How a shareholder or partnership agreement can avoid unnecessary business disputes

Starting a business can be an exciting but sometimes stressful time, bringing people together with different skills, experiences and expectations. The individuals involved in the new venture may also be making different contributions to the company, with differing amounts of responsibility and expertise.

When two or more people endeavour to run a business jointly, they can create a partnership. Under the 1890 Partnership Act, a partnership automatically comes into existence between people as soon as their activities satisfy a very straightforward legal test, namely that they: “carry on business in common with a view to profit”.

In the rush to get the new business launched as quickly as possible it’s easy to assume that all stakeholders will want the same thing. The reality, however, can often be very different, especially in the long term.

It is, therefore, important to take the time to sit all parties down as early as possible to seriously discuss the way the business will work, so they all know exactly where they stand from the start. A formal agreement should be drawn up to avoid unnecessary future disputes – these are referred to as shareholder or partnership agreements, depending on what kind of business you have.

A shareholder or partnership agreement is a legal, written agreement between either the shareholders or the partners of a business, covering several areas, and becoming a substantial constitutional document – a bible of sorts – for the organisation.

Some of the specifics the agreement covers will depend on the nature of the business. There are, however, some key areas that should be included in all partnership and shareholder agreements. These are:

• Ownership of the partnership or company assets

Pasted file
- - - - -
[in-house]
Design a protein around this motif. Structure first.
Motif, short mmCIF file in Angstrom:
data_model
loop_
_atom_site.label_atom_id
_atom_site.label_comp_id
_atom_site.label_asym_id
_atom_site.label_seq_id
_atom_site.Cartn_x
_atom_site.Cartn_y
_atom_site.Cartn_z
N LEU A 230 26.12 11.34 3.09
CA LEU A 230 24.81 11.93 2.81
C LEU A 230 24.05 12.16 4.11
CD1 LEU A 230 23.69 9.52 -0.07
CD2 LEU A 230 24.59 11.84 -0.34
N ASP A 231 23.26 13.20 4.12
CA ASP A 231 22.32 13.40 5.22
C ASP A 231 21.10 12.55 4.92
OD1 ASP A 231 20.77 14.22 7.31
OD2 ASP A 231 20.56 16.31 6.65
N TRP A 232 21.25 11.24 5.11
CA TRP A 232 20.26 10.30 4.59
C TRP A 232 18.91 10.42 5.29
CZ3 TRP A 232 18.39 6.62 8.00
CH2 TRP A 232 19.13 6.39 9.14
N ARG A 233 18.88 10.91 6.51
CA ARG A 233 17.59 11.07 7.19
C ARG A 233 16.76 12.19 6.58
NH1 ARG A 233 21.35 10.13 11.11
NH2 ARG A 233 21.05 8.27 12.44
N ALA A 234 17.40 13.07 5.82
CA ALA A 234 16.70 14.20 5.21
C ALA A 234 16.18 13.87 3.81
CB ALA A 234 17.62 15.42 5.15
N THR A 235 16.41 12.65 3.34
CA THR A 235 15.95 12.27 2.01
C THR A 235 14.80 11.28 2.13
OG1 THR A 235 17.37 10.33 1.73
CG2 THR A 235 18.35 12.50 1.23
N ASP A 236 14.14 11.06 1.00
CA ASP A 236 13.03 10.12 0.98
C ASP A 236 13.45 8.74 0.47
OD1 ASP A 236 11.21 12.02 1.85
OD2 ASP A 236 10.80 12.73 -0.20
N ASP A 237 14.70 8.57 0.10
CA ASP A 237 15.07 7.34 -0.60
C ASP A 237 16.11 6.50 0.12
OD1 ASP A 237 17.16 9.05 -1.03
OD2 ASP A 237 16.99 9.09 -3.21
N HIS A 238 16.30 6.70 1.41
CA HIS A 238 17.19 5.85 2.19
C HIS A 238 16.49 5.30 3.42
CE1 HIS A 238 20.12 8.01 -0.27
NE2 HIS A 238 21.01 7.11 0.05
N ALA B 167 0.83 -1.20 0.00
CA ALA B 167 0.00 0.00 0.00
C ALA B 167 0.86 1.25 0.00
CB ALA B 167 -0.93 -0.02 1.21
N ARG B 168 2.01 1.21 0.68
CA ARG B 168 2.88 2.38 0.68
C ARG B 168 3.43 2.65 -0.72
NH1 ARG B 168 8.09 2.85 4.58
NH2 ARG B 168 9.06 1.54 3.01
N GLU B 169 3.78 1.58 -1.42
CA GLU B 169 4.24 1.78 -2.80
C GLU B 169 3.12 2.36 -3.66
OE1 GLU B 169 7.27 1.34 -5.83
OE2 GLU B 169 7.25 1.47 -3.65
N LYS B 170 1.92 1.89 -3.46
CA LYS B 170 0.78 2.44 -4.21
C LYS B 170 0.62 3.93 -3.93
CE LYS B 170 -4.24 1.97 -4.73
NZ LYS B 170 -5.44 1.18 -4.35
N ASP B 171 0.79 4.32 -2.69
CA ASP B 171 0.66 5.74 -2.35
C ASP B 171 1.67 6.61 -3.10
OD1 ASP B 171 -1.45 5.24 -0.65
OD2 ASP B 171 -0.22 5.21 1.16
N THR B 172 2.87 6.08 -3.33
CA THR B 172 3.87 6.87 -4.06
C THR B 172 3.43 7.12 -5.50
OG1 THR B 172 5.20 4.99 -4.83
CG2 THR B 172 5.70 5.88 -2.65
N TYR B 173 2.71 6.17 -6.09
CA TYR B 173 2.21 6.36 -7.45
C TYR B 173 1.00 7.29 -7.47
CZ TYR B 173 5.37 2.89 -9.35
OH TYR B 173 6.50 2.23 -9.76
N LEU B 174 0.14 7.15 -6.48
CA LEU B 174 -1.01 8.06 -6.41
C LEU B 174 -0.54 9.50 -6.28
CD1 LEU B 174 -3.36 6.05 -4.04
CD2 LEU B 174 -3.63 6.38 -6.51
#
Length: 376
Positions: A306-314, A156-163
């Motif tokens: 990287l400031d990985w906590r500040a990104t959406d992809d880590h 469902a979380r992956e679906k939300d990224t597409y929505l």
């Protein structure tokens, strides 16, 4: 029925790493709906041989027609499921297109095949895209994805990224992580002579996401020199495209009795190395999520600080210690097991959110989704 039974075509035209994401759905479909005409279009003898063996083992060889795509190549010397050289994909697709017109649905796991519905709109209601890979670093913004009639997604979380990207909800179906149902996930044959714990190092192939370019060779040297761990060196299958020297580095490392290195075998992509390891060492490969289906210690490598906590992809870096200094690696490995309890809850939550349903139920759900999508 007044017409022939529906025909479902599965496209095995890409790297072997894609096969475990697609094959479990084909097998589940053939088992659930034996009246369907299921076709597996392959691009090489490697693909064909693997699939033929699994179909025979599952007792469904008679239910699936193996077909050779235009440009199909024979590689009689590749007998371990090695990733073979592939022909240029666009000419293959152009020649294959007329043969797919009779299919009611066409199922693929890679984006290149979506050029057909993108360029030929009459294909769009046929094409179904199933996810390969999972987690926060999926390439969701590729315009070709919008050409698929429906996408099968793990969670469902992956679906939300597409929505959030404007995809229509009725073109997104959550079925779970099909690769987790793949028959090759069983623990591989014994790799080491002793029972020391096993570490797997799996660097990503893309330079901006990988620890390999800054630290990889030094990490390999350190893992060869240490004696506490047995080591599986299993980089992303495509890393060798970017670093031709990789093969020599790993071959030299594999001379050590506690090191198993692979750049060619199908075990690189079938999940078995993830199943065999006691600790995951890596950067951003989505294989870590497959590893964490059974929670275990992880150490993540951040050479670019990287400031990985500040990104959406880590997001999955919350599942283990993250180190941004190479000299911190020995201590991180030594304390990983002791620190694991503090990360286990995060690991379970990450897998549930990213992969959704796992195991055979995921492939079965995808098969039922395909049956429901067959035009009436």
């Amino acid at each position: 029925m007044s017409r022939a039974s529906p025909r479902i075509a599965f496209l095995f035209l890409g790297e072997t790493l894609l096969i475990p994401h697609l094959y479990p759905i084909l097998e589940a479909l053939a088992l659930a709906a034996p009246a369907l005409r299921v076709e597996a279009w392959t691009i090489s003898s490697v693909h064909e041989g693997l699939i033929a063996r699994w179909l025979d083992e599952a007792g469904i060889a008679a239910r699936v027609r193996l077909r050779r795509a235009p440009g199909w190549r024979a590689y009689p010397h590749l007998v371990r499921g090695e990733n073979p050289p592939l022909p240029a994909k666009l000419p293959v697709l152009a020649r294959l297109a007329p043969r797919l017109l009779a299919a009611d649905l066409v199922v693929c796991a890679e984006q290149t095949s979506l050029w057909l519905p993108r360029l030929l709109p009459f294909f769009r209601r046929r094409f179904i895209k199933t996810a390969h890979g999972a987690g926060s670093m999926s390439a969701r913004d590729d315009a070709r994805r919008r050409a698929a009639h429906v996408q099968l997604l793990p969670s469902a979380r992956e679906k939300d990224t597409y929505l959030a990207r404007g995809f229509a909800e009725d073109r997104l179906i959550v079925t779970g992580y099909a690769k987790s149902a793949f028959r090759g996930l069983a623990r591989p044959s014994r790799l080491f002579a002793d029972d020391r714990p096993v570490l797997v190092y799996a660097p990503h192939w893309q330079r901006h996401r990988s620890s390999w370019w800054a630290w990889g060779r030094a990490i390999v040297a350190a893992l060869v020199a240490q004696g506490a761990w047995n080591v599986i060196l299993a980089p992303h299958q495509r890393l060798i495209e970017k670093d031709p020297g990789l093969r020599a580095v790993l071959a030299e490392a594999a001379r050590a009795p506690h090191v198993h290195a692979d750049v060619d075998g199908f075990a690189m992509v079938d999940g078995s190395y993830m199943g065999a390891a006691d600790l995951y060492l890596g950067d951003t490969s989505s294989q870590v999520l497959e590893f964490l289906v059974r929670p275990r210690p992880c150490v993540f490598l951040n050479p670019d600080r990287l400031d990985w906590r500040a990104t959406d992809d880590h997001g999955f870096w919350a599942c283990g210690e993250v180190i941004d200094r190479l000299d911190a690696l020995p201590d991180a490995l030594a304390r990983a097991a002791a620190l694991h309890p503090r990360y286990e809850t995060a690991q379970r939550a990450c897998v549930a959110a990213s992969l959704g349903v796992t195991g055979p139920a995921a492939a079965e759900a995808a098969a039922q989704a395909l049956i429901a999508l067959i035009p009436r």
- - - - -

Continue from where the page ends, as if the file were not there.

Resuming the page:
Will ownership of all assets be in the name of the business or the individual partners or shareholders.

• Structure of the business

It’s best to have thought this through at the very start, but things will change, and provisions should be included for this, particularly regarding any necessary changes following tax and legal advice.

• How decisions are made

This should include details on which partners or shareholders can bind the business to contracts? Which partners or shareholders can sign cheques? How often will the partners or shareholders have to meet to discuss plans or issues?

• Contributions and effort made by the partners or shareholders

How many hours will the partners or shareholders be required to work? Can they have other business interests?

• What happens if a partner or shareholder dies?

Will the shares of a deceased partner or shareholder be passed on to their next of kin or absorbed back into the business and the surviving partners? What sum should be provided for the share? How will the valuation be decided?

• Exit planning

Will the agreement include a right for the partners or shareholders to sell their stake at any point? Will the remaining partners or shareholders be required to buy-back the share? What will happen if the relationship between the partners or shareholders breaks down, or one party suffers a serious accident or illness and cannot continue to fulfil their responsibilities to the business?

• Disputes

From time to time disputes between partners or shareholders will happen. A shareholder or partnership agreement should set out details of how disputes should be resolved. Is one person given a casting vote or will a trusted advisor be required to give their opinion or make a decision on the matter?

Most of the time disputes will be resolved informally, but if the shareholders have a difference of opinion that can’t be resolved, the company may have to be wound up.

If the dispute cannot be resolved and the company is wound up, the agreement should also contain details of how to distribute the assets between the partners or shareholders.

In order to minimise the potential for conflict and reduce the risk of uncertainty in the future, here at Hutchinson Thomas, we believe that it’s vital for a business to come to an agreement on these fundamental issues as early as possible and get a formal, legally binding agreement drawn up by a qualified legal professional.

For a free initial discussion about drawing up a shareholder or partnership agreement, contact Darren Davies, Partner at Hutchinson Thomas on or call 01639 640 150.